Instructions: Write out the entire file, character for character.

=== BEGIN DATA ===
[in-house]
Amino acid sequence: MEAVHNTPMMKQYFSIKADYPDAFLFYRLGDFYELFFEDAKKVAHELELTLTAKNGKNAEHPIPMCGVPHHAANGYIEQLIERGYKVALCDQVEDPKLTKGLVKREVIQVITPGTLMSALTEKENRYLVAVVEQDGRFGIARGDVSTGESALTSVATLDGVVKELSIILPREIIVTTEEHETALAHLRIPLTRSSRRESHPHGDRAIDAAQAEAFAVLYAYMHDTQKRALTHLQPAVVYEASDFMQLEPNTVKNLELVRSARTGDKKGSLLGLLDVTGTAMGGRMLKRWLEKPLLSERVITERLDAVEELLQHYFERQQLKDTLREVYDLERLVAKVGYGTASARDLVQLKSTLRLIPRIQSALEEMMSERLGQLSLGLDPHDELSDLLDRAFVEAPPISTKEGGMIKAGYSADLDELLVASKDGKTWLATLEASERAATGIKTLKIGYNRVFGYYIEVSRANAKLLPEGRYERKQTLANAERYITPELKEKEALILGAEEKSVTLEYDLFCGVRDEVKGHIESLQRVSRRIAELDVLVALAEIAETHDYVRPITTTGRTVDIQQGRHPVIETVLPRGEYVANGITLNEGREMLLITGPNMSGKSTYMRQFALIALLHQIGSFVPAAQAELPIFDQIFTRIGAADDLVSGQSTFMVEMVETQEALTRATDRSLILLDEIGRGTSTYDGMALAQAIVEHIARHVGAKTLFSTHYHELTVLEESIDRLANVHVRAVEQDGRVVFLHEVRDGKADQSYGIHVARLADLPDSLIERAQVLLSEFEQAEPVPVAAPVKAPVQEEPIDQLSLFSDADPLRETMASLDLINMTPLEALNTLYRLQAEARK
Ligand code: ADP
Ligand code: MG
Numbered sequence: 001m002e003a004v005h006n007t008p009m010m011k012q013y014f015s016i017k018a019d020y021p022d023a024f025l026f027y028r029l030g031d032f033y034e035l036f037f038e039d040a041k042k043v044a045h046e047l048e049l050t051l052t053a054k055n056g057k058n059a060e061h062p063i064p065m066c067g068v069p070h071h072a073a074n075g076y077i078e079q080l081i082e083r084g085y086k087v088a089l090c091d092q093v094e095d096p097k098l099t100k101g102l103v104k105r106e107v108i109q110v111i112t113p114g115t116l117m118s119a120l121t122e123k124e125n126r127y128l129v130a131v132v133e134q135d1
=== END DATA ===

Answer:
[in-house]
Amino acid sequence: MEAVHNTPMMKQYFSIKADYPDAFLFYRLGDFYELFFEDAKKVAHELELTLTAKNGKNAEHPIPMCGVPHHAANGYIEQLIERGYKVALCDQVEDPKLTKGLVKREVIQVITPGTLMSALTEKENRYLVAVVEQDGRFGIARGDVSTGESALTSVATLDGVVKELSIILPREIIVTTEEHETALAHLRIPLTRSSRRESHPHGDRAIDAAQAEAFAVLYAYMHDTQKRALTHLQPAVVYEASDFMQLEPNTVKNLELVRSARTGDKKGSLLGLLDVTGTAMGGRMLKRWLEKPLLSERVITERLDAVEELLQHYFERQQLKDTLREVYDLERLVAKVGYGTASARDLVQLKSTLRLIPRIQSALEEMMSERLGQLSLGLDPHDELSDLLDRAFVEAPPISTKEGGMIKAGYSADLDELLVASKDGKTWLATLEASERAATGIKTLKIGYNRVFGYYIEVSRANAKLLPEGRYERKQTLANAERYITPELKEKEALILGAEEKSVTLEYDLFCGVRDEVKGHIESLQRVSRRIAELDVLVALAEIAETHDYVRPITTTGRTVDIQQGRHPVIETVLPRGEYVANGITLNEGREMLLITGPNMSGKSTYMRQFALIALLHQIGSFVPAAQAELPIFDQIFTRIGAADDLVSGQSTFMVEMVETQEALTRATDRSLILLDEIGRGTSTYDGMALAQAIVEHIARHVGAKTLFSTHYHELTVLEESIDRLANVHVRAVEQDGRVVFLHEVRDGKADQSYGIHVARLADLPDSLIERAQVLLSEFEQAEPVPVAAPVKAPVQEEPIDQLSLFSDADPLRETMASLDLINMTPLEALNTLYRLQAEARK
Ligand code: ADP
Ligand code: MG
Numbered sequence: 001m002e003a004v005h006n007t008p009m010m011k012q013y014f015s016i017k018a019d020y021p022d023a024f025l026f027y028r029l030g031d032f033y034e035l036f037f038e039d040a041k042k043v044a045h046e047l048e049l050t051l052t053a054k055n056g057k058n059a060e061h062p063i064p065m066c067g068v069p070h071h072a073a074n075g076y077i078e079q080l081i082e083r084g085y086k087v088a089l090c091d092q093v094e095d096p097k098l099t100k101g102l103v104k105r106e107v108i109q110v111i112t113p114g115t116l117m118s119a120l121t122e123k124e125n126r127y128l129v130a131v132v133e134q135d1